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Table of Contents  
ORIGINAL ARTICLE
Year : 2020  |  Volume : 14  |  Issue : 2  |  Page : 226-232  

Ultrasound-guided bilateral erector spinae plane block for postoperative analgesia in laparoscopic cholecystectomy: A randomized controlled trial


1 Department of Anaesthesiology, SGPGIMS, Lucknow, Uttar Pradesh, India
2 Department of Anaesthesiology, Super Speciality Cancer Institute and Hospital, Lucknow, Uttar Pradesh, India
3 Department of Biostatistics and Health Informatics, SGPGIMS, Lucknow, Uttar Pradesh, India

Date of Submission21-May-2020
Date of Acceptance28-May-2020
Date of Web Publication12-Oct-2020

Correspondence Address:
Dr. Divya Srivastava
Department of Anaesthesiology, SGPGIMS, Lucknow, Uttar Pradesh
India
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Source of Support: None, Conflict of Interest: None


DOI: 10.4103/aer.AER_41_20

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   Abstract 

Background: Laparoscopic cholecystectomy (LC) is associated with moderate-to-severe pain in immediate postoperative period. Some patients even suffer from prolonged pain long after surgery. Aims: The aim of present study is to determine the efficacy of ultrasound-guided bilateral erector spinae plane block (ESPB) in patients undergoing LC, time to ambulation after surgery, and incidence of prolonged pain up to 6 months later. Settings and Design: This was a double-blinded prospective randomized controlled trial. Materials and Methods: Eighty-five adults posted for elective LC were randomized to receive bilateral ESPB at T7 level with either 20 mL of 0.375% ropivacaine or 20 mL normal saline. Postoperative static and dynamic pain score as per the visual analog scale (VAS), intraoperative requirement of fentanyl, postoperative use of diclofenac, time to ambulation after surgery, and presence of any pain after surgery were noted. Statistical Analysis: Independent t-test and Mann–Whitney U-test were used for quantitative data, while Chi-square test was used for comparing qualitative data. Results: Static and dynamic VAS scores were significantly lower in ESPB group (P < 0.05). Intraoperative fentanyl requirement (165 ± 30.72 – ESPB, 180.95 ± 29.12 – controls, P = 0.020) and number of patients requiring diclofenac (28/42 – ESPB, 37/42 – controls, P = 0.019) were lower, while number of patients ambulating by 4 hours (20/42 – ESPB, 9/42 – control, P = 0.012) were higher in ESPB group. Patients suffering from pain at 1 week (22/42 – ESPB and 34/42 – control, P = 0.005) and 1 month (9/42 – ESPB and 13/42 – control, P = 0.207) were lower in ESPB group. Conclusion: ESPB provides effective analgesia and early ambulation after LC. The benefit extends to 1 week thereafter.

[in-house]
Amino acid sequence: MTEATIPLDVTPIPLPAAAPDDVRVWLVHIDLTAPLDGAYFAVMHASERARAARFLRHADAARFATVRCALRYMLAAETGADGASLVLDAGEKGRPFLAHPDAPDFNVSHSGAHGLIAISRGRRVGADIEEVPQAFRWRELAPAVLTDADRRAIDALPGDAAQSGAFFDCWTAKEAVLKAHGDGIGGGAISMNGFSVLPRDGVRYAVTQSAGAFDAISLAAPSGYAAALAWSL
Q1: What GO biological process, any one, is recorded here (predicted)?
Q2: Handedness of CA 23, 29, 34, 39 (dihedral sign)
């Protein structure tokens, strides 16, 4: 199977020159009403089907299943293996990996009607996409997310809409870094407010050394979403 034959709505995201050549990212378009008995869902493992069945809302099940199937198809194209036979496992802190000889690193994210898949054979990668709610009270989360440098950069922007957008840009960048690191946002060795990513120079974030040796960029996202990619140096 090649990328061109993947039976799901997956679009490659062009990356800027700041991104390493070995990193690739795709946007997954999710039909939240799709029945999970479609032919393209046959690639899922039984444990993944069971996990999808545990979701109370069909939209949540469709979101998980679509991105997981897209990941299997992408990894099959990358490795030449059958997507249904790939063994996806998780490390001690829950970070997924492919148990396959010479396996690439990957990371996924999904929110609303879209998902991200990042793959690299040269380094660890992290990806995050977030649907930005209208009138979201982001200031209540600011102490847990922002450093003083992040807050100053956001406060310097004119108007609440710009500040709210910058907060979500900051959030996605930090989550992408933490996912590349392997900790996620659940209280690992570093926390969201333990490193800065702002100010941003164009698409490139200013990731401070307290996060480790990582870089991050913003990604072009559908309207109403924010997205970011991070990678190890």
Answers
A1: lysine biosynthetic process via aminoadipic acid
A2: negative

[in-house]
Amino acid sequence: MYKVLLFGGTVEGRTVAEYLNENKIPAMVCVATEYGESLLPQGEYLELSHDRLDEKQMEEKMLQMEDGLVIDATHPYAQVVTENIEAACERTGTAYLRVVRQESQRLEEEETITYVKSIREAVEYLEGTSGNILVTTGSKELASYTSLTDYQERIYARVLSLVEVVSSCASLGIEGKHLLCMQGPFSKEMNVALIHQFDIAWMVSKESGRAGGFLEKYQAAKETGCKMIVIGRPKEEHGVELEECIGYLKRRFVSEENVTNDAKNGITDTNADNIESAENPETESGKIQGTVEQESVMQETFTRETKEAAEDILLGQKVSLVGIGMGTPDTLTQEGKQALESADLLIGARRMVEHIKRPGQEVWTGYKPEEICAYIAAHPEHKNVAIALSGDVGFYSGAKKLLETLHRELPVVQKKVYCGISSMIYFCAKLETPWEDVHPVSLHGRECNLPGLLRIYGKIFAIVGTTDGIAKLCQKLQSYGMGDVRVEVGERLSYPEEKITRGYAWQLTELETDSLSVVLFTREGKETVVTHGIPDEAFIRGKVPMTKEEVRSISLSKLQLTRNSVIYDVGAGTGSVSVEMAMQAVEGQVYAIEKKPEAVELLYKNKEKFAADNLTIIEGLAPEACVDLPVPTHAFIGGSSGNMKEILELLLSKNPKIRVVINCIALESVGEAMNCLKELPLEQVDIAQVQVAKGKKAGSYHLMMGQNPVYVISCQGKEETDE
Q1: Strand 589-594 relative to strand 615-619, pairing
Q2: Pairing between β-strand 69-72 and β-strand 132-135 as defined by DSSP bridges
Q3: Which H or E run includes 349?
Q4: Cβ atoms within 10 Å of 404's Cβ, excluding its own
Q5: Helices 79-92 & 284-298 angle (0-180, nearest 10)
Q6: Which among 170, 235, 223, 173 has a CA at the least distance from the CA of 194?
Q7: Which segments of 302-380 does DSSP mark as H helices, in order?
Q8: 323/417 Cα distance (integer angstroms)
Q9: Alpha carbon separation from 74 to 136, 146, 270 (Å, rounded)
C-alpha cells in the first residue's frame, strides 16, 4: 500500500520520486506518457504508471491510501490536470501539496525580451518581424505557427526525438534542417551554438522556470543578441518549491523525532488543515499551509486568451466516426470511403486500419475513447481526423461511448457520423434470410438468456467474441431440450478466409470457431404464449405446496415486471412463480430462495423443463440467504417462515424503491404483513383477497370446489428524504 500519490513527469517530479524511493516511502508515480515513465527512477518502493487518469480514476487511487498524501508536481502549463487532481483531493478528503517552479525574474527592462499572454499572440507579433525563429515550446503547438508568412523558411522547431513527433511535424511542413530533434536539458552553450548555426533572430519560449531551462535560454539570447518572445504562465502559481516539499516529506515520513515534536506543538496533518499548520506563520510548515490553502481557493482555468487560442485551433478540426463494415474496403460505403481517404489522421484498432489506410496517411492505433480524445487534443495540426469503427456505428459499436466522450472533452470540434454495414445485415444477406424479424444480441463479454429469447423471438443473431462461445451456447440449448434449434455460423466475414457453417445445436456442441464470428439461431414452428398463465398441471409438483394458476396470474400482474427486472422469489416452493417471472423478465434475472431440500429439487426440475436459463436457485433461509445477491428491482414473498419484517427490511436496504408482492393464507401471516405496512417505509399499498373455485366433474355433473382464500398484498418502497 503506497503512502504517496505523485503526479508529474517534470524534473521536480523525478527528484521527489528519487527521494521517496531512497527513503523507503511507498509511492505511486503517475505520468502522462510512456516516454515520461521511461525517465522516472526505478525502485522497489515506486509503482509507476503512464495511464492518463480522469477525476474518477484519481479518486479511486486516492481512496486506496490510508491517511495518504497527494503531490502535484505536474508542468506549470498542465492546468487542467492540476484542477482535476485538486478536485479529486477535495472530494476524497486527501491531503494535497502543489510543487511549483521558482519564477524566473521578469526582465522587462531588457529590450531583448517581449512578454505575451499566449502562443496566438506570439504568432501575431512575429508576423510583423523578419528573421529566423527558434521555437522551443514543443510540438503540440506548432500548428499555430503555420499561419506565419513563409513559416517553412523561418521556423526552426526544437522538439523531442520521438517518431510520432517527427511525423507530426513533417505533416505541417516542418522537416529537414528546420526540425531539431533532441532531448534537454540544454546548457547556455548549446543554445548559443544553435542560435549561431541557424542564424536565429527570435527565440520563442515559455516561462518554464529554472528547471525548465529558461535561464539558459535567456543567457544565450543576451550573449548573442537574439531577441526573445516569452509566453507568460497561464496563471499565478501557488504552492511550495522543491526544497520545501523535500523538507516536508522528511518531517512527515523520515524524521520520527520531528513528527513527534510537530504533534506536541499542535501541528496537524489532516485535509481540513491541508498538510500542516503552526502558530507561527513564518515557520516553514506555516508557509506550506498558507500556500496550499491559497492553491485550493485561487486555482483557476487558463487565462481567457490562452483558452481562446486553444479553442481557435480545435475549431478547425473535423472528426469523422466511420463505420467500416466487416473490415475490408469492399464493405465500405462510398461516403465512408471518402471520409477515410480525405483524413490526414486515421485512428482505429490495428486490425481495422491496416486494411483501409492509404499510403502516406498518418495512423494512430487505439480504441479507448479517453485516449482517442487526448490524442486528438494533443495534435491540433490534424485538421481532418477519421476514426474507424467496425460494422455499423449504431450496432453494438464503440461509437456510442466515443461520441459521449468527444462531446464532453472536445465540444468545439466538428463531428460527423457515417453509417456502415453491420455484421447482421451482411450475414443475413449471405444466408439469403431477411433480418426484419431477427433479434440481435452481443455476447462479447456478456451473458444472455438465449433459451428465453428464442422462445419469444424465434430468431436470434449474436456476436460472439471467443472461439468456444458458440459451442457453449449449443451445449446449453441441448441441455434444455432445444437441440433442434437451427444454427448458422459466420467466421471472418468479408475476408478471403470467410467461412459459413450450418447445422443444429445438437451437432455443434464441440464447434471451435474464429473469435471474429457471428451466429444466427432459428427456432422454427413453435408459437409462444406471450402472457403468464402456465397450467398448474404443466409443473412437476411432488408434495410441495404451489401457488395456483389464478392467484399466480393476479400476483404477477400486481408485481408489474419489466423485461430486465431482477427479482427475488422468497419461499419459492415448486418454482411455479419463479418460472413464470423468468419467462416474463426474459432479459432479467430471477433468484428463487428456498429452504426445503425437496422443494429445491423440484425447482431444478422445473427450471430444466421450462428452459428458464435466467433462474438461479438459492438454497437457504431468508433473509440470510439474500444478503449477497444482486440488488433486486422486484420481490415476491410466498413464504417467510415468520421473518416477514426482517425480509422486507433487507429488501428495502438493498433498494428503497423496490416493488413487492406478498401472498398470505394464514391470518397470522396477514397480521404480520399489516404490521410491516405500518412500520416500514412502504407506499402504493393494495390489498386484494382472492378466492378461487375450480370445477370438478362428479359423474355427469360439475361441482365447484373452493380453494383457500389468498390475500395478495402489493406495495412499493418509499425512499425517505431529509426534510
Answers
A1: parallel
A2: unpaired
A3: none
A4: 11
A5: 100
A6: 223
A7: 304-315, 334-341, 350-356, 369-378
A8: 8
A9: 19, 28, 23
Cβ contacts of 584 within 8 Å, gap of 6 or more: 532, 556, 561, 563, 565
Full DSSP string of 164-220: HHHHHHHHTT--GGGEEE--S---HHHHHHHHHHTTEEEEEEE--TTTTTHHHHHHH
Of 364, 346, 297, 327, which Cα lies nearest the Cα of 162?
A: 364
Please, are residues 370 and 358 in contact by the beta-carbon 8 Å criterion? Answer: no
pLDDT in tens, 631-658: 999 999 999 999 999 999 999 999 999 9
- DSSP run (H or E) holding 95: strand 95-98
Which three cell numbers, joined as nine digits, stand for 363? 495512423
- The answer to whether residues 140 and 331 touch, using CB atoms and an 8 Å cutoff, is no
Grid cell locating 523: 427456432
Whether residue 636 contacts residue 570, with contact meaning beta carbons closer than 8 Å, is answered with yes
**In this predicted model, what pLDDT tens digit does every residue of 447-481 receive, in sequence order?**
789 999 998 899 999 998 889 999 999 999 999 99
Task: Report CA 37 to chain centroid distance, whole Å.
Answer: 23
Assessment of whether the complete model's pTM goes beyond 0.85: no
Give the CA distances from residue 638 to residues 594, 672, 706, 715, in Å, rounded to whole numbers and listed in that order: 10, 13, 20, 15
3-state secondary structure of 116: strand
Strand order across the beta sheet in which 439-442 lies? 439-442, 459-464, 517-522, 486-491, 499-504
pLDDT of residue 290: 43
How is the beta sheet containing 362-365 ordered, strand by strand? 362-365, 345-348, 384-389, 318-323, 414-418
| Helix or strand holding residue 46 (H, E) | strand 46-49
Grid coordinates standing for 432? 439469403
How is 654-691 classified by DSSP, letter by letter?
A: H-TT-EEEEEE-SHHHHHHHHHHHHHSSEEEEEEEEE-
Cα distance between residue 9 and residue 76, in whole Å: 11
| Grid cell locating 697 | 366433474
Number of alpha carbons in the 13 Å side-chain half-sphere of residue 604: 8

Keywords: Ambulation, chronic pain, erector spinae plane block, laparoscopic cholecystectomy


How to cite this article:
Verma R, Srivastava D, Saxena R, Singh TK, Gupta D, Agarwal A, Mishra P. Ultrasound-guided bilateral erector spinae plane block for postoperative analgesia in laparoscopic cholecystectomy: A randomized controlled trial. Anesth Essays Res 2020;14:226-32

How to cite this URL:
Verma R, Srivastava D, Saxena R, Singh TK, Gupta D, Agarwal A, Mishra P. Ultrasound-guided bilateral erector spinae plane block for postoperative analgesia in laparoscopic cholecystectomy: A randomized controlled trial. Anesth Essays Res [serial online] 2020 [cited 2020 Oct 26];14:226-32. Available from: https://www.aeronline.org/text.asp?2020/14/2/226/297816


   Introduction Top


Laparoscopic cholecystectomy (LC) is a gold standard minimally invasive technique in the management of cholelithiasis. Pain continues to be the most common medical causes of delayed discharge (17%–40%) or readmissions.[1] Few patients may also develop prolonged or chronic pain following the surgery.[2]

Various modalities of analgesia have been advocated for postoperative pain. Patient-controlled analgesia with opioids, port-site infiltration, intraperitoneal instillation with local anesthetics (LA), transversus abdominis plane (TAP) block,[3] and oblique subcostal transversus abdominis plane (OSTAP) block, paravertebral block have been tried.[4] Except paravertebral block, these techniques affect only somatic pain and can be inadequate in some cases.[2] Thus, the quest for a better analgesic modality is ongoing.

Erector spinae plane block (ESPB) was described in 2016[5] as a novel truncal interfascial regional analgesia technique which affects both the ventral and dorsal rami, thus leading to blockage of both visceral and somatic pain. A few randomized controlled trials (RCTs)[6],[7],[8] have shown ultrasound guided (USG) ESPB to be effective in reducing postoperative pain in patients undergoing LC. None of the RCTs however have been conducted in the Indian subcontinent. Hence, we decided to determine the efficacy of ESPB in Indian patients undergoing LC. In addition to the pain scores in immediate postoperative period, this study also intends to see the effect of block on requirement of rescue analgesics, time to ambulation after surgery, and incidence of prolonged pain up to 6 months later.